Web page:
Some songs are meant to be experienced, some meant to be taken to the soul, some meant to be thought over, some belted loudly, and some just danced to. The single “Feel That” by Vic Mensa at its core is one of those songs meant to be danced to with ego and easy carelessness as the psychedelic, swagger-filled music encapsulates you. At the time I heard the song two years back, I didn’t think much of or know much about Vic Mensa or his work; this song was just a fun, substance-less song with some good beats.
However, not only did I stumble back into Vic Mensa’s music last fall when his first EP There’s a Lot Going On (2016) showed up in my Spotify recommendations, but I also ended really liking his more recent work for its depth and honesty.
There’s a Lot Going On is rather short, with only seven songs, but it packs a punch with its boldness and its variety within (I’m telling you, no song sounds the same and that is rare). Vic Mensa proves himself to be no bystander, using his platform as a African American musical artist, to speak about issues affecting his own community. In my personal favorite songs 16 Shots and Shades of Blue, Mensa discusses the injustices of race-based police brutality with the shooting of Laquan Macdonald and how the Flint water crisis inordinately affects the African American community respectively on engaging tracks, but without any filter. In Dynasty and There’s a Lot Going, Mensa candidly speaks about his own personal struggles with drugs, his career, and mental health without any fluff contributing to the raw confessional woven through the EP.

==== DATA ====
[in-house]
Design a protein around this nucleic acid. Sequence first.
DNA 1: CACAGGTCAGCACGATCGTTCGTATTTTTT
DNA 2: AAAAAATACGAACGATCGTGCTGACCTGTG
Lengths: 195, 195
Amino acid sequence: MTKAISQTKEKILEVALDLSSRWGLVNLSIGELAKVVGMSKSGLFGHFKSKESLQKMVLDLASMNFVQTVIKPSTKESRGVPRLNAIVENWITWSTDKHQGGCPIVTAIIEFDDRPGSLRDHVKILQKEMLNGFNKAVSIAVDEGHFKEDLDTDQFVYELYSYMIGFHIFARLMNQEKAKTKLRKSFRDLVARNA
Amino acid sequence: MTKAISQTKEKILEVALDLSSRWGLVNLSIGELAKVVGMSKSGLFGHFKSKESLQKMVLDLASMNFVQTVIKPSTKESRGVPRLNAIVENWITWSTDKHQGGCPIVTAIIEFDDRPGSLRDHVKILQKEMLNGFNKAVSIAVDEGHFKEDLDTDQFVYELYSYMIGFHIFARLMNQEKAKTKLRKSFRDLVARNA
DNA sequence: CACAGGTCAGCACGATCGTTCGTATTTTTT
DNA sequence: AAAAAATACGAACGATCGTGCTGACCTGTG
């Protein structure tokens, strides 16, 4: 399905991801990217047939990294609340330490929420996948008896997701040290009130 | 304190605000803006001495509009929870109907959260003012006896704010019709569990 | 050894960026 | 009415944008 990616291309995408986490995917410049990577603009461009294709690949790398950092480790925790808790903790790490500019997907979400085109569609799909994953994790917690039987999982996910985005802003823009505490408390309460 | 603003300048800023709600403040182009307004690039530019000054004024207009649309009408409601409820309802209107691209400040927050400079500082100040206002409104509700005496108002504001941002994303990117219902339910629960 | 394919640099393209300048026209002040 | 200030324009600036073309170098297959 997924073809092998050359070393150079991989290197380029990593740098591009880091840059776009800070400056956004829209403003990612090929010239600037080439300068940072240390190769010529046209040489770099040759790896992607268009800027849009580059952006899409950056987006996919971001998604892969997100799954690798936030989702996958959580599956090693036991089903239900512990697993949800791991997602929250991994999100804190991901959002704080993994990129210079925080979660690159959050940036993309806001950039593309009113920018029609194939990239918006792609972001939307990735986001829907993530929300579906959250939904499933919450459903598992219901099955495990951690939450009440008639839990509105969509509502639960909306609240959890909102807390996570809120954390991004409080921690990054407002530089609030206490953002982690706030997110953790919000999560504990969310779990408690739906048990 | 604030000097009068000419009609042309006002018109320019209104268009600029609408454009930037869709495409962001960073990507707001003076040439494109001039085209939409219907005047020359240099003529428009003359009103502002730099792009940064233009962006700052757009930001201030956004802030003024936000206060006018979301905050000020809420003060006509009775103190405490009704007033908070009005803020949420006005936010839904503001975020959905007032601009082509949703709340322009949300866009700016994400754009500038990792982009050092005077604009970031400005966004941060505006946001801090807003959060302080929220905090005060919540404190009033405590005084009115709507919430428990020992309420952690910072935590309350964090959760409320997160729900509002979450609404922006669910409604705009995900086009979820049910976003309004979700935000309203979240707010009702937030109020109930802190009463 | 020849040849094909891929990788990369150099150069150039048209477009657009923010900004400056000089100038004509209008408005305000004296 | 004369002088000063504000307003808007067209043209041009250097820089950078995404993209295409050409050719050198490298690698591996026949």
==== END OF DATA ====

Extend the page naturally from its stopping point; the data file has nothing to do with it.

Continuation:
I can’t deny that I have very little in common with Vic Mensa and for that matter, most of the artists I will be covering in this blog, however the human experience of the highs and lows of life is universal and fascinating, as everyone experiences and reflects on these high and lows in different ways due to external factors. Furthermore, I find common ground with these artists with the minority experience; I understand the pain of injustice because it happens in my community too. But the thing is, the injustice I experience as an Asian American is different compared to other minority groups and so part of the reason I am so drawn to hip hop is that it’s educational to a point and overall thought-provoking in a creative way. And Vic Mensa specializes in no-frills, conscious rap which is something I admire, enjoy listening to, and always end up gaining a new perspective through.
Just a month ago, Vic Mensa released his debut album The Autobiography and somehow he’s topped his last work; I am enthralled and cannot stop listening to it. The Autobiography pronounces Vic Mensa’s commitment as a Black Lives Matter activism through “We Could be Free” and clear-cut honesty by acknowledging his violent upbringing in Chicago’s South Side in “Memories on 47th Street” and his struggles with infidelity and drugs and belief in “Wings.” Furthermore, this album shows Mensa’s commitment to making human rap as the album’s detailed execution reveals a glaringly sincere reflection of the darkest and brightest moments of Mensa’s life and the causes Mensa cares about.
I only look forward to observing how Vic Mensa evolves as a person and how his music reflects that, but until then it’s some times good to let go and blast “Feel That” and strut across the dance floor (my dorm room floor at 1 AM for me).
You feel that?